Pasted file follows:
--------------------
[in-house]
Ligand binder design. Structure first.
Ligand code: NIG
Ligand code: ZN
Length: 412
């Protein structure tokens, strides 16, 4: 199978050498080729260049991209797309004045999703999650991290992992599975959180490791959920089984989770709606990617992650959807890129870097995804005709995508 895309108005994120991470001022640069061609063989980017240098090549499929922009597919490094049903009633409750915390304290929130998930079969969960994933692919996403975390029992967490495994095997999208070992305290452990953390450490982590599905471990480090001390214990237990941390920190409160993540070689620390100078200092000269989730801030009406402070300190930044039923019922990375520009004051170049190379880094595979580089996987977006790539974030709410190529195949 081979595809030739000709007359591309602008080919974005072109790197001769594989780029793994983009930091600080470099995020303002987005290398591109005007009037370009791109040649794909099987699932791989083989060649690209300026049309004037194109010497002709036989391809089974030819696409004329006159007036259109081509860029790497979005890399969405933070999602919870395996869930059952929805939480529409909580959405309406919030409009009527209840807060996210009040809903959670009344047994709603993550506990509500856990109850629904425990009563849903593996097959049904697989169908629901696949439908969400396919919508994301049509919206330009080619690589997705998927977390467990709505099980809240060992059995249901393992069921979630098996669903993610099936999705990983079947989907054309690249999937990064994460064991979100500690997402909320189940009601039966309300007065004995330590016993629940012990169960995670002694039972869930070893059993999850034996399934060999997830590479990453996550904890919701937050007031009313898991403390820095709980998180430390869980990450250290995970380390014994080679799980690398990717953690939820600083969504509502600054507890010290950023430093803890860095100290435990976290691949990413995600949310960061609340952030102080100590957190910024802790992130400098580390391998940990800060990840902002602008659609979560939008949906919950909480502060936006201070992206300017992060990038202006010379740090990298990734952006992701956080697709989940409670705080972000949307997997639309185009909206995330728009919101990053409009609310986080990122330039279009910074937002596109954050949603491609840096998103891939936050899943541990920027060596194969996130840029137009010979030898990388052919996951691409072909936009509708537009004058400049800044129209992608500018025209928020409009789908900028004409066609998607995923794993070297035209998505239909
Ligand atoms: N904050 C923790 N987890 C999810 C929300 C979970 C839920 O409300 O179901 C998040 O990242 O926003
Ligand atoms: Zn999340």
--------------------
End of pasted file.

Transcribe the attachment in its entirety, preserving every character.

[in-house]
Ligand binder design. Structure first.
Ligand code: NIG
Ligand code: ZN
Length: 412
């Protein structure tokens, strides 16, 4: 199978050498080729260049991209797309004045999703999650991290992992599975959180490791959920089984989770709606990617992650959807890129870097995804005709995508 895309108005994120991470001022640069061609063989980017240098090549499929922009597919490094049903009633409750915390304290929130998930079969969960994933692919996403975390029992967490495994095997999208070992305290452990953390450490982590599905471990480090001390214990237990941390920190409160993540070689620390100078200092000269989730801030009406402070300190930044039923019922990375520009004051170049190379880094595979580089996987977006790539974030709410190529195949 081979595809030739000709007359591309602008080919974005072109790197001769594989780029793994983009930091600080470099995020303002987005290398591109005007009037370009791109040649794909099987699932791989083989060649690209300026049309004037194109010497002709036989391809089974030819696409004329006159007036259109081509860029790497979005890399969405933070999602919870395996869930059952929805939480529409909580959405309406919030409009009527209840807060996210009040809903959670009344047994709603993550506990509500856990109850629904425990009563849903593996097959049904697989169908629901696949439908969400396919919508994301049509919206330009080619690589997705998927977390467990709505099980809240060992059995249901393992069921979630098996669903993610099936999705990983079947989907054309690249999937990064994460064991979100500690997402909320189940009601039966309300007065004995330590016993629940012990169960995670002694039972869930070893059993999850034996399934060999997830590479990453996550904890919701937050007031009313898991403390820095709980998180430390869980990450250290995970380390014994080679799980690398990717953690939820600083969504509502600054507890010290950023430093803890860095100290435990976290691949990413995600949310960061609340952030102080100590957190910024802790992130400098580390391998940990800060990840902002602008659609979560939008949906919950909480502060936006201070992206300017992060990038202006010379740090990298990734952006992701956080697709989940409670705080972000949307997997639309185009909206995330728009919101990053409009609310986080990122330039279009910074937002596109954050949603491609840096998103891939936050899943541990920027060596194969996130840029137009010979030898990388052919996951691409072909936009509708537009004058400049800044129209992608500018025209928020409009789908900028004409066609998607995923794993070297035209998505239909
Ligand atoms: N904050 C923790 N987890 C999810 C929300 C979970 C839920 O409300 O179901 C998040 O990242 O926003
Ligand atoms: Zn999340």